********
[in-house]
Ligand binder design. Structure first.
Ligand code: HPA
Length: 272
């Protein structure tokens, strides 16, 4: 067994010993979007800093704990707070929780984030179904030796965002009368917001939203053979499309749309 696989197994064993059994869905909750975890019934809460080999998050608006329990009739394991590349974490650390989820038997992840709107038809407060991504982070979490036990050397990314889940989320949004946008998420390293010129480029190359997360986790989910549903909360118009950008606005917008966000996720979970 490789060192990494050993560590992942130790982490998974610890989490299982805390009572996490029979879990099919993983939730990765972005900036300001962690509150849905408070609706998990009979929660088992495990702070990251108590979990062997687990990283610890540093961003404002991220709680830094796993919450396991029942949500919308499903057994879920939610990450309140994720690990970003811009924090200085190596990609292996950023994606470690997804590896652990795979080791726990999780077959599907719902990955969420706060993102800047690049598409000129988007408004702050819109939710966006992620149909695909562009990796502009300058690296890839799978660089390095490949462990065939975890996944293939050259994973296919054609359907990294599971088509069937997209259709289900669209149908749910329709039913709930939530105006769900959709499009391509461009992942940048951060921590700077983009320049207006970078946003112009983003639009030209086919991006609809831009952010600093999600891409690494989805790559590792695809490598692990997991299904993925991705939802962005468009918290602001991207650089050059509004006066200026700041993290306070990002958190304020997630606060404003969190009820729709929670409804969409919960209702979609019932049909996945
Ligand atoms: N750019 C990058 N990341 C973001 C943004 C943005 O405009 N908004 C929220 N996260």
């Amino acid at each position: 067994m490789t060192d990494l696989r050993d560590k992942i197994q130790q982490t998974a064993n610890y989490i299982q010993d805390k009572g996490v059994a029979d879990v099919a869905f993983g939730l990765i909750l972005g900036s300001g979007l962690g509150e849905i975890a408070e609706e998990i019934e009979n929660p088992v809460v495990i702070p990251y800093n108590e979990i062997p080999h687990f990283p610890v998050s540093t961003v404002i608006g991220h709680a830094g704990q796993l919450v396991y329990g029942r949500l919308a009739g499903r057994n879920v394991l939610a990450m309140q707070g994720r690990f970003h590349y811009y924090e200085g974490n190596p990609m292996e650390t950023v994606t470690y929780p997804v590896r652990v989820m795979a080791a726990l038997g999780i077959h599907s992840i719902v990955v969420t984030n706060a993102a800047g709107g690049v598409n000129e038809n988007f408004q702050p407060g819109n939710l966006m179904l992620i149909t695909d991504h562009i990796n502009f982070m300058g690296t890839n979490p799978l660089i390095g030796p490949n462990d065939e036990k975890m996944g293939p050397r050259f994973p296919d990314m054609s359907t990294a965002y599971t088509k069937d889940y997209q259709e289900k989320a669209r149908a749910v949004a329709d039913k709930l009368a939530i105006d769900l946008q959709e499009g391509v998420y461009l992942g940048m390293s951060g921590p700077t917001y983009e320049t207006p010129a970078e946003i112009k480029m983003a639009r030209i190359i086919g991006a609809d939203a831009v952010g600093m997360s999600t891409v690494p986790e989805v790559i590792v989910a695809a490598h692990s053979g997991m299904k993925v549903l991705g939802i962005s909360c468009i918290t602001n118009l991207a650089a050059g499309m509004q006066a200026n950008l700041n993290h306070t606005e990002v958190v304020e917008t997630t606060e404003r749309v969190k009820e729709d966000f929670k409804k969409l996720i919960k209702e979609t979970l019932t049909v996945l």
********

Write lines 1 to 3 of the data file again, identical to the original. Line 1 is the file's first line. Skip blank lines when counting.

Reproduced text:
[in-house]
Ligand binder design. Structure first.
Ligand code: HPA